The simplest jurisdiction in which to defend a claim is QCAT. The reason for this is that many of the rules of procedure that apply in the courts do not apply in this Tribunal.

If you receive an application for a claim filed in qcat you can obtain information from…….

In order to make a decision courts need to make decisions about two different matters – the facts and the law.  Often the parties  tell different stories about what has happened. it is the job of the tribunal to decide which party should be believed. Once a decision is made about the facts then the court must interpret the law which is to be applied to those facts.  Often there are complex legal arguments about how the law works.  In QCAT however lawyers are not allowed to appear.  This means that he member (“judge”) must make decisions about the law without the benefit of any guidance from the lawyers who are acting for each party.

There are complex processes in the court system which are designed to make sure that each party properly understands the other parties case.  Unfortunately because these processes are complex they are usually undertaken by lawyers which makes going to court expensive.

This is why most people with a claim for less than $25000 will often bring that claim in QCAT.  Note however that claims for under $25,000 can be brought in the Magistrates Court.  This is a decision that the plaintiff must make.  Because a lot of the processes that normally apply in a court do not apply in the tribunal it is a particularly important to make sure that when you file your response you include a statement which:

  • shows a clear understanding of the allegations made against you.  We suggest that you break up any application into the individual allegations that are made. It is a mistake to try to guess or infer what the applicant is alleging, stick only to what is actually said in the document.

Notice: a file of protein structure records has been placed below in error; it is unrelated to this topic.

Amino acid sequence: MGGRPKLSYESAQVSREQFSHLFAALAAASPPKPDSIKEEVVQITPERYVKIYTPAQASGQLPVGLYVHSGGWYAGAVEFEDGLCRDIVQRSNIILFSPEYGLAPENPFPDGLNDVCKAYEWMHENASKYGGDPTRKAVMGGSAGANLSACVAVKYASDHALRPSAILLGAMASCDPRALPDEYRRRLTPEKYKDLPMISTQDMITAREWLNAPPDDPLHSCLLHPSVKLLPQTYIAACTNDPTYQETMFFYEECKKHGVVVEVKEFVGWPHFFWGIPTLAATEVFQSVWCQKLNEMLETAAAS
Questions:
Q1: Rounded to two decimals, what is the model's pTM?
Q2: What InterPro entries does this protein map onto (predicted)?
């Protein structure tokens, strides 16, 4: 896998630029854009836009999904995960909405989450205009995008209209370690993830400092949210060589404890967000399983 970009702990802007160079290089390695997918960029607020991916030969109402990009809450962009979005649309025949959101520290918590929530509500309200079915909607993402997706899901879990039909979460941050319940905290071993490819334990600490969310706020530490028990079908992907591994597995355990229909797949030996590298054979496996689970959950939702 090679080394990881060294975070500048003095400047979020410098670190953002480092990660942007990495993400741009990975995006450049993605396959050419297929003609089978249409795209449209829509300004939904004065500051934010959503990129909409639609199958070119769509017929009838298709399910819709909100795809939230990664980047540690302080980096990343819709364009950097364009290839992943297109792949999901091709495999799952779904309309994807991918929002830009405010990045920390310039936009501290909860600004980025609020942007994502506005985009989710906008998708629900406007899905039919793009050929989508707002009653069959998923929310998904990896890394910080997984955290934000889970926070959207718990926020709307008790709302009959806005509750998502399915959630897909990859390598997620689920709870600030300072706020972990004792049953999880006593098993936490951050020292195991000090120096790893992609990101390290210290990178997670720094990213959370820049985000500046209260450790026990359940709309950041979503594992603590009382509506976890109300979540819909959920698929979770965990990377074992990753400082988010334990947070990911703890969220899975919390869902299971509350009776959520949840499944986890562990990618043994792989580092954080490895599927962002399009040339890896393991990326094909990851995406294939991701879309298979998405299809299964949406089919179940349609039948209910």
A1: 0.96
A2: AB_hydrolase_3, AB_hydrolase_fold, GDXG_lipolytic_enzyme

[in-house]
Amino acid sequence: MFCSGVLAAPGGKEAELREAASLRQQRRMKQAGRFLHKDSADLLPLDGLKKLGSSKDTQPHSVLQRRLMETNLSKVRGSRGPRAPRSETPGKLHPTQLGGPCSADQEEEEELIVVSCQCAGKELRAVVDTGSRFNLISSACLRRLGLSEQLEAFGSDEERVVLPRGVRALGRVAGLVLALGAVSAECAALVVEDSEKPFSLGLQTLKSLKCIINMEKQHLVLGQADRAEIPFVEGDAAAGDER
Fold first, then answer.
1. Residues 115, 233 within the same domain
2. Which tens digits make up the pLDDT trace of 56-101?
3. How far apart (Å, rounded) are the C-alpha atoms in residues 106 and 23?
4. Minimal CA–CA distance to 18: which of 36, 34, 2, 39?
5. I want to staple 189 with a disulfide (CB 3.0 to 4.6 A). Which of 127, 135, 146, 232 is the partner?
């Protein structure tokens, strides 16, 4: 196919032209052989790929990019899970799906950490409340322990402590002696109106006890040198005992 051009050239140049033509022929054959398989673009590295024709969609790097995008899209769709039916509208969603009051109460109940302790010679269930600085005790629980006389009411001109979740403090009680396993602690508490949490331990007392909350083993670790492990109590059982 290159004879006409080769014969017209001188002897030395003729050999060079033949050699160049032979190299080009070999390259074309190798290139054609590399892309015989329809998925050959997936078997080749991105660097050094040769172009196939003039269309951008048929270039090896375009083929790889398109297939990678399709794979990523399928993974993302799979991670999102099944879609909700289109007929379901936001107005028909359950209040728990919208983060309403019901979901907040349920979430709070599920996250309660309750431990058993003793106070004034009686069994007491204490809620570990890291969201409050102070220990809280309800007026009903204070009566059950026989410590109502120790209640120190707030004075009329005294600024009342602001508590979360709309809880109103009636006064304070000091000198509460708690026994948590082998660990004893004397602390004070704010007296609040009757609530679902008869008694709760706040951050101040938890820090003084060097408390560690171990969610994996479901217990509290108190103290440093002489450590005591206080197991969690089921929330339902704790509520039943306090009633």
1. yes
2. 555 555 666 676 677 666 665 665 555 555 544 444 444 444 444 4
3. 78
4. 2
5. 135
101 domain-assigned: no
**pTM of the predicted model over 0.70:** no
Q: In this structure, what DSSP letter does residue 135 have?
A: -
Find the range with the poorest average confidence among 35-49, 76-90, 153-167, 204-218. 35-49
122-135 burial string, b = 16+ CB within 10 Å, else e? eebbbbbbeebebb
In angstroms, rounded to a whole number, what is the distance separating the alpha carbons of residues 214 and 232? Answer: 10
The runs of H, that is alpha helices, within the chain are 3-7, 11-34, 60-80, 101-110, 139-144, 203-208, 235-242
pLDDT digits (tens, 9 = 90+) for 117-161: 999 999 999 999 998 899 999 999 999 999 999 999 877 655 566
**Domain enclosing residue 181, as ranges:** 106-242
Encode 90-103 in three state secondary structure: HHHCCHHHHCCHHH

• deals with each allegation separately. It may be helpful to make a list and deal with each under a heading.
  • tells the story of what happened. It is appropiate to tell the story of what happened only after the allegations have been dealt with. It is a mistake to ignore the allegations made regardless of how rediculous you may believe those allegations may be.
  • If you have witnesses that will support your account of the facts then you should obtain a statutory declaration from those witnesses and file the statutory declarations with your response.

Because QCAT is an informal jurisdiction it is possible that the allegations may change somewhat during the course of the hearing and so the stroy of what happened may provide a useful reference for the judge.

  • Once a statement has been prepared it is best to attach all documents, letters emails and other written information that tends to prove the facts that you are alleging.

Remember there is only one opportunity to have the tribunal member (judge ) hear and understand your side of the story. Regardless of how well you have prepared the written response you must present your case, and ensure that the member understands.

 

 

Although it is absolutely necessary to put everything it writing it is still essential to take the member through your case. Don’t assume. that the judge has read and understands your information